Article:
Skating Polly, Joyce Delaney at Broadcast, 16/6/16

Joyce Delaney, the Glasgow “DIY bubblegum punk” band supporting Skating Polly, sound better than ever since the employment of their drummer.

One song, inspired by a quote from cartoon Bojack Horseman, warns against letting people off with shitty behaviour, while another laments the potentially embarrassing temptation to invite an ex over for “a cuddle and some hand stuff”.


Both playing scrappy guitar and singing, Nyla and Chrissy, who is also known around Glasgow for her solo acoustic music, are full of sage advice, and their back-and-forth between songs contextualises the silliness, rage and frankness of their lyrics.

Headliners Skating Polly is an explosive sister act on stage, ten times more raucous and distorted than they sound on record.

Formed in 2009 in Oklahoma, the band’s music has evolved through many stages from folk to fuzz-rock, resulting tonight in grrrl-punk mature beyond their combined age of less than 40.

After a heckler asks, “how’s your knee?”, singer Kelli Mayo recounts an anecdote about last time they played in Glasgow supporting Babes in Toyland.

Falling and dislocating her knee mid-song, Mayo continued to play the rest of the set from a chair, all before Dave Grohl did the same thing, she announces proudly.

Tonight there are no injuries, despite chaotic dancing at the front and frequent switches between instruments.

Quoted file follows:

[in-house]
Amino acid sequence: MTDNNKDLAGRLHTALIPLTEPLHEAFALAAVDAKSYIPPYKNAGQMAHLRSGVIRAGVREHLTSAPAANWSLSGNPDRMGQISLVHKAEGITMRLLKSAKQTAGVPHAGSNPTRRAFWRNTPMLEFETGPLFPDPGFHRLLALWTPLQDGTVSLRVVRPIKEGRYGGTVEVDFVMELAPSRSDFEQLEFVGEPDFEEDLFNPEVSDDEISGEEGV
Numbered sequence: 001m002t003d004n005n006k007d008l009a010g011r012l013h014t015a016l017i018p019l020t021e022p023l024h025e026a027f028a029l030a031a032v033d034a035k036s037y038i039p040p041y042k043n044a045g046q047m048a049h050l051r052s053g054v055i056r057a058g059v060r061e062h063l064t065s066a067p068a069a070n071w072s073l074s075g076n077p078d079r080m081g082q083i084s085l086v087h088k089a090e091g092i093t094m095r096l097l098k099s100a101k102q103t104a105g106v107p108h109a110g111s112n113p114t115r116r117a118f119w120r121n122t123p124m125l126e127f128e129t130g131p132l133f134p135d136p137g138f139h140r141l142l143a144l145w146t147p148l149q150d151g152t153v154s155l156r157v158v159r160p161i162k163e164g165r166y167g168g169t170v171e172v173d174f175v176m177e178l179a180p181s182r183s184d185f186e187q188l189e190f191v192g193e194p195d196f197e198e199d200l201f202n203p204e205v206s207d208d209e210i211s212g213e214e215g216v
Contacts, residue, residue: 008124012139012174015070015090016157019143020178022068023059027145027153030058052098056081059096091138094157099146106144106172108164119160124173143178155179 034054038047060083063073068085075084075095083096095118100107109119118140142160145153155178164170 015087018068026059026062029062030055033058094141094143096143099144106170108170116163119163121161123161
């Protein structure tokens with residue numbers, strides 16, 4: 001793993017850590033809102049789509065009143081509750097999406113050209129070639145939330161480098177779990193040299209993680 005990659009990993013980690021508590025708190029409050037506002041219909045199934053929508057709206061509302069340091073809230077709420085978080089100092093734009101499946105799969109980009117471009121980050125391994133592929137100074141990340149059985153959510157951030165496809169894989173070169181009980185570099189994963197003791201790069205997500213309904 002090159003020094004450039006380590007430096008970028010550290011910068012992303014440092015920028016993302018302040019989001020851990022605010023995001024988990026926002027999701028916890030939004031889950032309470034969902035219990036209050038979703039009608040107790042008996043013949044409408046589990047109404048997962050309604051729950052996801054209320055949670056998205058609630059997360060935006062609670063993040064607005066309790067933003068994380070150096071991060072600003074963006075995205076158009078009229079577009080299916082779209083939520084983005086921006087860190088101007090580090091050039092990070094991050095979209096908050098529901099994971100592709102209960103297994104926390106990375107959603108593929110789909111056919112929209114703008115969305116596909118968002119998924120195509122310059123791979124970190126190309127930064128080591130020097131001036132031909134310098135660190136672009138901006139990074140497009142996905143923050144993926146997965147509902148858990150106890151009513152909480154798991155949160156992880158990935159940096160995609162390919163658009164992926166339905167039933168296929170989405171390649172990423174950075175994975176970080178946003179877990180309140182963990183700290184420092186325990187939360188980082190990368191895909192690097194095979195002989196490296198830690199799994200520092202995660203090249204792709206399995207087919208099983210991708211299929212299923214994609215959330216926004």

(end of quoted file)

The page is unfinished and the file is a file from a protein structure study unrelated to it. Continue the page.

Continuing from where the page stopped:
The lyrics of ‘Ugly’ speak for themselves, a passionate tirade against the aesthetic pressures women and girls face: “but you’ll always be ugly/and you’ll always be nothing!”

The band cover Madonna’s ‘Beautiful Stranger’, adding grunge factor to the pop song, as well as the Lee Hazlewood version of ‘Morning Dew’.

‘Pretective Boy’ is a witty and catchy indie hit from this year’s fourth album, The Big Fit.

‘Alabama Movies’ sounds like early Sleater-Kinney and Live Through This-era Hole.

Supporter and musician Kliph Scurlock, who has played with acts including The Flaming Lips, is celebrating his birthday and the band invite him up to the drum kit for their intensely loud and electrifying final song.

Skating Polly exceed themselves and shake off any delusions people may have about their youthful innocence, leaving the crowd reeling and the room buzzing.

Words: Ellen MacAskill


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